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Information about exotic shorthair cats
January 1, 2012 2:51 AM   Subscribe

I want to learn everything I can about exotic shorthairs (aka shorthaired persians). I have the opportunity to adopt an exotic shorthair kitten, and need to figure out if one of the little munchkins would be happy living with me. I have 3 specific questions.


(1) Googling seems to bring up mostly advertisements and super basic fact sheets. Are there any clubs or dedicated websites with in-depth information on this breed? Are there good books?

(2) We live in a tiny apartment (40 sq. m). I understand exotics are a good apartment cat. But a concern in this regard is how to keep kitty litter from stinking up the house. Any anecdotes / advice / Ikea hacks?

(3) Do exotics require constant company? I will give my future kitty oodles of attention when I am home. I am a homebody and love staying in; however, I am a student, and work 2 shifts a week at my P/T job, so I wouldn't be home all the time. But I would be home quite a lot. My boyfriend works Mon-Fri 9-5.
posted by KLF to Pets & Animals (10 answers total) 1 user marked this as a favorite
 
2) Litter robot.
3) I don't know about this breed specifically, but I suspect it will be like every other cat breed: depends on the cat, the mood the cat is in today, and the number rolled on a d20 by a special monk sitting on a hidden mountain peak. Cats are weird, and even littermates can have completely different personalities. That said, if you're home quite a lot and provide things for the cat to climb and destroy when you're not home then you're fine for most cats, especially as the cat ages, although it'll be interesting for the first few years while you have a "teenage" cat regardless of how much time you spend at home.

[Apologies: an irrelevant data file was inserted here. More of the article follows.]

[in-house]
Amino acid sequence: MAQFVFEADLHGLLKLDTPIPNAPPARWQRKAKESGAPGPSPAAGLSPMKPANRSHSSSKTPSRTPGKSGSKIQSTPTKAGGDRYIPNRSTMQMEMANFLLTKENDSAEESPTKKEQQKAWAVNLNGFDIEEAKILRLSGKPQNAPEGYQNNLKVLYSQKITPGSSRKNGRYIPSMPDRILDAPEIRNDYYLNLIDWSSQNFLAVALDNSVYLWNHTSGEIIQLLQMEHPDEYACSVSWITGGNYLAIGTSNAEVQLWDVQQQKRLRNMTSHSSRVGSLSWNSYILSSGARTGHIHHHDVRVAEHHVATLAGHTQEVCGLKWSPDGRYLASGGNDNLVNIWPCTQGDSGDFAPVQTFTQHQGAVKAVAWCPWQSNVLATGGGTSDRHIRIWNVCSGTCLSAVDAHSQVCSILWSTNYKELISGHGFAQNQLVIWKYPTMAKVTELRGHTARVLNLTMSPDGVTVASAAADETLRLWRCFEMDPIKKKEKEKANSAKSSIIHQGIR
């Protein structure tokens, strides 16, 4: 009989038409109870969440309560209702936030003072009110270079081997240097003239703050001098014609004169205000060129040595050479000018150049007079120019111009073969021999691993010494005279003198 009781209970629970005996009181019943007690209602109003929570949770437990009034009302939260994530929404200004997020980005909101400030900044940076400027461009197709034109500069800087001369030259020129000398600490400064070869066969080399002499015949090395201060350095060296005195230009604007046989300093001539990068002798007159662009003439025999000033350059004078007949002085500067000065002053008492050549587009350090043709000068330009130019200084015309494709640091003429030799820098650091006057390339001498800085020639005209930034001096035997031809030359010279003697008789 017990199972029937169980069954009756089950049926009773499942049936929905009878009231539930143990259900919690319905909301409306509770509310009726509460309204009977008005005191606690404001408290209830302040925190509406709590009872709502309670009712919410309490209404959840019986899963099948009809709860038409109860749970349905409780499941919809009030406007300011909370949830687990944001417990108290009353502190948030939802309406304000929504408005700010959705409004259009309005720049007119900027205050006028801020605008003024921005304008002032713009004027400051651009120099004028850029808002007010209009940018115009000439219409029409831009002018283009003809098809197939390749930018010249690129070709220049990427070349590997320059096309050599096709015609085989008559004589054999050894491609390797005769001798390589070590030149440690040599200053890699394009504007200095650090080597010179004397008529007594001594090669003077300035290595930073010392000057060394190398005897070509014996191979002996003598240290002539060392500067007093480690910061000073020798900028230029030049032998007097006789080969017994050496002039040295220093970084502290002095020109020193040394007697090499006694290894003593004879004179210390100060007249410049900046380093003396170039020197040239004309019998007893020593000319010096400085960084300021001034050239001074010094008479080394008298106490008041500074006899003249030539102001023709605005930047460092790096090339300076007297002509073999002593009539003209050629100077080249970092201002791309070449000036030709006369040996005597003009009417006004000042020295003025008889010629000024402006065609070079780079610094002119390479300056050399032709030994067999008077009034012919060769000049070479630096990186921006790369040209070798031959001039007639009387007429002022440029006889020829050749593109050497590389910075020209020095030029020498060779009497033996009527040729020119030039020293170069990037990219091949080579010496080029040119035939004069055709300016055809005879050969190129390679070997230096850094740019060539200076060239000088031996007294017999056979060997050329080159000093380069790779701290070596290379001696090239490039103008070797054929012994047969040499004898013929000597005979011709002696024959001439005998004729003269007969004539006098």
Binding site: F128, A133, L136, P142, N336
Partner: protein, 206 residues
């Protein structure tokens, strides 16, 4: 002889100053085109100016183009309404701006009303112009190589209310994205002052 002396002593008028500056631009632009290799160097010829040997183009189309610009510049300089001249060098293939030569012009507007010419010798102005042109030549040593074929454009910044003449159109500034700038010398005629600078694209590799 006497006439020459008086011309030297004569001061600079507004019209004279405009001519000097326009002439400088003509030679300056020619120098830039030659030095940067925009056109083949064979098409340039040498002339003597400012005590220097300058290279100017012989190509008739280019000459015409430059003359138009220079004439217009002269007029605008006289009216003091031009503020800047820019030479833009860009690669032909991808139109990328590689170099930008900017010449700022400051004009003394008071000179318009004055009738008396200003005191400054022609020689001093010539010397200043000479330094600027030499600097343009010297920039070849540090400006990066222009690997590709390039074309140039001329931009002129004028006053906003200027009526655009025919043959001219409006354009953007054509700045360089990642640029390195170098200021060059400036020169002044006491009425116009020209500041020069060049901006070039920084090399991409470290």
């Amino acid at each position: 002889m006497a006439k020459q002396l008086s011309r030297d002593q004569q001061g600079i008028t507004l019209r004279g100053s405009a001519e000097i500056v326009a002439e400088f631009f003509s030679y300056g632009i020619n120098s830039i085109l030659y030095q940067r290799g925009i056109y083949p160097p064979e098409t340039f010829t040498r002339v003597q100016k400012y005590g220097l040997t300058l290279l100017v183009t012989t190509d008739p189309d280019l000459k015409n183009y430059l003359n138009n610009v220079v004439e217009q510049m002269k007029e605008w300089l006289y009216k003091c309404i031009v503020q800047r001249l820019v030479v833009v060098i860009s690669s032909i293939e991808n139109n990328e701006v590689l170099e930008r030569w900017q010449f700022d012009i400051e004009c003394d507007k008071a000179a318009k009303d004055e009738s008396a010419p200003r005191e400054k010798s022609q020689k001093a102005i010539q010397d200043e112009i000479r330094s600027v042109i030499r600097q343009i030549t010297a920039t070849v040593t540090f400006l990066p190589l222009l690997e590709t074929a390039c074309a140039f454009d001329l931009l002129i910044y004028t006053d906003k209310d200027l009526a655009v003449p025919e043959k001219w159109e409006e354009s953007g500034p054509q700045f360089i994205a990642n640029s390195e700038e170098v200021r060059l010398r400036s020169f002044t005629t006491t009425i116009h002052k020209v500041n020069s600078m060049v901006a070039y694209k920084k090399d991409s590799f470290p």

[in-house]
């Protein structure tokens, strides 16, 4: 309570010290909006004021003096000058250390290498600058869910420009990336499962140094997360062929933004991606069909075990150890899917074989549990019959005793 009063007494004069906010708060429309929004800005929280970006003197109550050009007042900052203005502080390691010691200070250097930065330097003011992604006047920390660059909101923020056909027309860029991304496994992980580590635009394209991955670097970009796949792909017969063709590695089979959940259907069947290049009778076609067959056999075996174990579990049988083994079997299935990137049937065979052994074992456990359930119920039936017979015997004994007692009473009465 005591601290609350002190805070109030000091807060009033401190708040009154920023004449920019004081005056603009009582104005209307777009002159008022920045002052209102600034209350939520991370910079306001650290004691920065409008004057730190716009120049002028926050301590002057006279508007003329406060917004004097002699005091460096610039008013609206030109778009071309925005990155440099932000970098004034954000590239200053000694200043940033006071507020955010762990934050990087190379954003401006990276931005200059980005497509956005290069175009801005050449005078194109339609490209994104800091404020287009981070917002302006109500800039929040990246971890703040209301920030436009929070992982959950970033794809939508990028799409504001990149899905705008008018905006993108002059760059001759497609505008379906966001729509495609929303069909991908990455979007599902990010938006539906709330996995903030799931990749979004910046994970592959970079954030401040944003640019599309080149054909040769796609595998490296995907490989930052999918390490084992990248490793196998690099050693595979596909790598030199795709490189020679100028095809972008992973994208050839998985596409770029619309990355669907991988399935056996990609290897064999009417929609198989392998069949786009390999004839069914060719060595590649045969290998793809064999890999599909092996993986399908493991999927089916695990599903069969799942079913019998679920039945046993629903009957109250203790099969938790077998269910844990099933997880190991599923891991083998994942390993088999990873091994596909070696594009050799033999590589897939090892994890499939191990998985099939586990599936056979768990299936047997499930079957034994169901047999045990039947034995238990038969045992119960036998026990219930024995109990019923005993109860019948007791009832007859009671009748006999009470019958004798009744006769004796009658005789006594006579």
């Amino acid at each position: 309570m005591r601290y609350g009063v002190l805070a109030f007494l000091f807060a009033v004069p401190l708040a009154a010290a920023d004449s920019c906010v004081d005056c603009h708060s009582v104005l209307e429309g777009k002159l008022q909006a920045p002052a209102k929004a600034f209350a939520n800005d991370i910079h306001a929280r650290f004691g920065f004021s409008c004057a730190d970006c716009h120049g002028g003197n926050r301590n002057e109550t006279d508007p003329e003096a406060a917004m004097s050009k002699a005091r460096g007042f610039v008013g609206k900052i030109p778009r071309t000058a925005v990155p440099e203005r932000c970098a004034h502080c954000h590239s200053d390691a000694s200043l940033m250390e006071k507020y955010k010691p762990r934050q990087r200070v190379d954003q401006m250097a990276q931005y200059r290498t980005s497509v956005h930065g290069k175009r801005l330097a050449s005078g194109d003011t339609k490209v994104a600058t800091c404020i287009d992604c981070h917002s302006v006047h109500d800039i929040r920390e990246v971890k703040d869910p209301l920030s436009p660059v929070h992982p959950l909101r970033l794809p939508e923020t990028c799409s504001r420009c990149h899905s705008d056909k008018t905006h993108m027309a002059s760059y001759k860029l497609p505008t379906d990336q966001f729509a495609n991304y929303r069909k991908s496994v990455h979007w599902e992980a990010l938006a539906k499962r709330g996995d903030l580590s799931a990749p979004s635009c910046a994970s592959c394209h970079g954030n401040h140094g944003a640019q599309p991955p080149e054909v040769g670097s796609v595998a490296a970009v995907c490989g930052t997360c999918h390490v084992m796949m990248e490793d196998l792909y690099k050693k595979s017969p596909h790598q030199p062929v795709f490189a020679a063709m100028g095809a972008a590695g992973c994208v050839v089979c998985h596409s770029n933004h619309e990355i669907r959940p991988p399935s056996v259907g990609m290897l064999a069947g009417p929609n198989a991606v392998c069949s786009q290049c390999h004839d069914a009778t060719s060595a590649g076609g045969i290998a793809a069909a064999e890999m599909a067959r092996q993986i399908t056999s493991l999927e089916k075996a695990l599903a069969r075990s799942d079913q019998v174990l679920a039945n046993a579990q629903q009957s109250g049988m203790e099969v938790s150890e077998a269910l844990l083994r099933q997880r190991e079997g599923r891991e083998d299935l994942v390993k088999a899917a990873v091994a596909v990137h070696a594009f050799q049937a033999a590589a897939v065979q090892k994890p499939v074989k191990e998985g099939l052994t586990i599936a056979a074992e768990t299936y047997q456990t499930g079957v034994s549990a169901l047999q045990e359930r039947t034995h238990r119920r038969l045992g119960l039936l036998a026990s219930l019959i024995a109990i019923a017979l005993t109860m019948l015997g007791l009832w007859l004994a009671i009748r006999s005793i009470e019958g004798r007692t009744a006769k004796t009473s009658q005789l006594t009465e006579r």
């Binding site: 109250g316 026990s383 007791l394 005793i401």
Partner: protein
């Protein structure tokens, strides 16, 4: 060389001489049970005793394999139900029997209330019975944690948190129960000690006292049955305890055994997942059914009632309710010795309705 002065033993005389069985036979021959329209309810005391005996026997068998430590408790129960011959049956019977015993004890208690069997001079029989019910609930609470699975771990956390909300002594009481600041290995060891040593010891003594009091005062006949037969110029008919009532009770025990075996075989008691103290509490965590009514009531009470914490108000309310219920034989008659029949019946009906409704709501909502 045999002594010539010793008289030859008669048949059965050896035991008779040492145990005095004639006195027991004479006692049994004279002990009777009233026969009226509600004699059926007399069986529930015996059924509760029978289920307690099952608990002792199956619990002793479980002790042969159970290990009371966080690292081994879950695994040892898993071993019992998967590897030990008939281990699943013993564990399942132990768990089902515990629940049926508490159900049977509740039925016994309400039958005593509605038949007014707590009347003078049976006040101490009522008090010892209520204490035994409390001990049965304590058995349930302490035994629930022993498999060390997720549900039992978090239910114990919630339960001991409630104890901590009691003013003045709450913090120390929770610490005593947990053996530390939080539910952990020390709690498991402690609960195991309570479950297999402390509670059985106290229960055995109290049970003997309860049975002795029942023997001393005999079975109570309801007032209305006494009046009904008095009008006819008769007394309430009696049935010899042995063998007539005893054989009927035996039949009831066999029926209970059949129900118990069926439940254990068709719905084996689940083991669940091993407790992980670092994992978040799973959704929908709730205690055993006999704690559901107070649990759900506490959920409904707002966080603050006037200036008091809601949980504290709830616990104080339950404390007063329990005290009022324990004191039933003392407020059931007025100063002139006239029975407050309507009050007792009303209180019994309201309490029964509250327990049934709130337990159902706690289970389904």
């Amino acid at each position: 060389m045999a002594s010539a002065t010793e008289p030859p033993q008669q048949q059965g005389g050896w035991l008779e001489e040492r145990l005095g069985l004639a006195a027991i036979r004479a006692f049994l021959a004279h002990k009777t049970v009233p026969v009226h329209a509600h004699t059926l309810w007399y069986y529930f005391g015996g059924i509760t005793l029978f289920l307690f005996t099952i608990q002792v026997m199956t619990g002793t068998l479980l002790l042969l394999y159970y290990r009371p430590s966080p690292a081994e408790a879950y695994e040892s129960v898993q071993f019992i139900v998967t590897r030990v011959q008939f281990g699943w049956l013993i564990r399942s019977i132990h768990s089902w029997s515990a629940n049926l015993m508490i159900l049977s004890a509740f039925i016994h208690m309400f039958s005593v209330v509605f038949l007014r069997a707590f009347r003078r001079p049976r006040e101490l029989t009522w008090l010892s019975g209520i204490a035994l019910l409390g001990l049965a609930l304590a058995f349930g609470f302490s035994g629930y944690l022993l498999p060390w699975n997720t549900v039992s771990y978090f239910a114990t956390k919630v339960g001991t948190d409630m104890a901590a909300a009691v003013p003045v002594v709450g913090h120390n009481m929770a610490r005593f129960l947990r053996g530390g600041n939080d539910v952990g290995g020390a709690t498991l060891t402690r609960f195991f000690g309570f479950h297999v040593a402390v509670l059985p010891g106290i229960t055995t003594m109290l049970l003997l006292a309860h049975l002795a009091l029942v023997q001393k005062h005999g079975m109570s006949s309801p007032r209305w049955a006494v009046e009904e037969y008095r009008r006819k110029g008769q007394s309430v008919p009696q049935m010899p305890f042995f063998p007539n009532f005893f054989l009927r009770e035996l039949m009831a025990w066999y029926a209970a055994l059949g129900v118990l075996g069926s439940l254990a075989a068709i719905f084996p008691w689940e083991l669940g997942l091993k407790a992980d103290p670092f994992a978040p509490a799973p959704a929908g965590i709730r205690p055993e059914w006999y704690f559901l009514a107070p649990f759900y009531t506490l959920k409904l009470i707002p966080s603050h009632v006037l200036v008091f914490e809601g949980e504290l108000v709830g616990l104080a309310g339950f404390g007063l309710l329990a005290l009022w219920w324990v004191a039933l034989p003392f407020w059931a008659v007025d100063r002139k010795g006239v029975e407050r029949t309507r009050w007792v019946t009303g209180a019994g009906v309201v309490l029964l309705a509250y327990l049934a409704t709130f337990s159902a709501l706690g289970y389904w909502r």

posted by anaelith at 4:36 AM on January 1, 2012 [1 favorite]


2: Keep it in the bathroom if possible. (Under the sink? Remove cabinet doors.) Read a lot of reviews if you get one of those automatic cat boxes. They all seem to break down a lot. Also check YouTube video reviews.

3: Agreeing with anaelith. Different cats have different personalities, breed is less important than temperament and nurture. My dad's Ragdoll was afraid of me (and everyone except my dad and his girlfriend) all her life despite knowing me since she was a tiny kitten. After an hour or so she would slink out and sit on my lap an want to cuddle for hours. She was naturally skittish and didn't meet a lot of people when she was young. Socialization is as important for a cat as it is for a dog. Expose the kitten to lots of people if you want a friendly, cuddly cat, but know there is also a large immutable personality factor. But pretty much no cat is going to require you to be there all the time. Even the most cuddly, affectionate cat will be fine on its own for long stretches. That is the beauty of cats as pets.
posted by catatethebird at 4:51 AM on January 1, 2012